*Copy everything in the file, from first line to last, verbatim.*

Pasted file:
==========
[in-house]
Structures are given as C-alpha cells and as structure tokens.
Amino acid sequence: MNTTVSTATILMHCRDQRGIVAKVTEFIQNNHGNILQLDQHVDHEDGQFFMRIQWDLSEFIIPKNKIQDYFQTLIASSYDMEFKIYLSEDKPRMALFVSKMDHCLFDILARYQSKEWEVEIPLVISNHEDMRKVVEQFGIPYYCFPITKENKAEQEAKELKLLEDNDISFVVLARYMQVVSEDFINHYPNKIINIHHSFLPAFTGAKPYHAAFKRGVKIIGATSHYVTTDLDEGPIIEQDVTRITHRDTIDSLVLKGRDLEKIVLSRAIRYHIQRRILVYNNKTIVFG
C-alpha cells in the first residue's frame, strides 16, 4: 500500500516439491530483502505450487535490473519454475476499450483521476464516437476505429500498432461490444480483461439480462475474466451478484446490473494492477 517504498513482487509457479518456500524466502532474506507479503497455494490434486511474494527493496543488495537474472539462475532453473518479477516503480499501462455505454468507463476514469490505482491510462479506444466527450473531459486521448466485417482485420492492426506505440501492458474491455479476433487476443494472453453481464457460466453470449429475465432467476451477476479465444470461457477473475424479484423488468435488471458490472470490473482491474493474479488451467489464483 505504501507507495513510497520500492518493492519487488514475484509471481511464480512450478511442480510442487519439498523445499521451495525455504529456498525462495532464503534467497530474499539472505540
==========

[in-house]
Structures are given as C-alpha cells and as structure tokens.
Amino acid sequence: MNTTVSTATILMHCRDQRGIVAKVTEFIQNNHGNILQLDQHVDHEDGQFFMRIQWDLSEFIIPKNKIQDYFQTLIASSYDMEFKIYLSEDKPRMALFVSKMDHCLFDILARYQSKEWEVEIPLVISNHEDMRKVVEQFGIPYYCFPITKENKAEQEAKELKLLEDNDISFVVLARYMQVVSEDFINHYPNKIINIHHSFLPAFTGAKPYHAAFKRGVKIIGATSHYVTTDLDEGPIIEQDVTRITHRDTIDSLVLKGRDLEKIVLSRAIRYHIQRRILVYNNKTIVFG
C-alpha cells in the first residue's frame, strides 16, 4: 500500500516439491530483502505450487535490473519454475476499450483521476464516437476505429500498432461490444480483461439480462475474466451478484446490473494492477 517504498513482487509457479518456500524466502532474506507479503497455494490434486511474494527493496543488495537474472539462475532453473518479477516503480499501462455505454468507463476514469490505482491510462479506444466527450473531459486521448466485417482485420492492426506505440501492458474491455479476433487476443494472453453481464457460466453470449429475465432467476451477476479465444470461457477473475424479484423488468435488471458490472470490473482491474493474479488451467489464483 505504501507507495513510497520500492518493492519487488514475484509471481511464480512450478511442480510442487519439498523445499521451495525455504529456498525462495532464503534467497530474499539472505540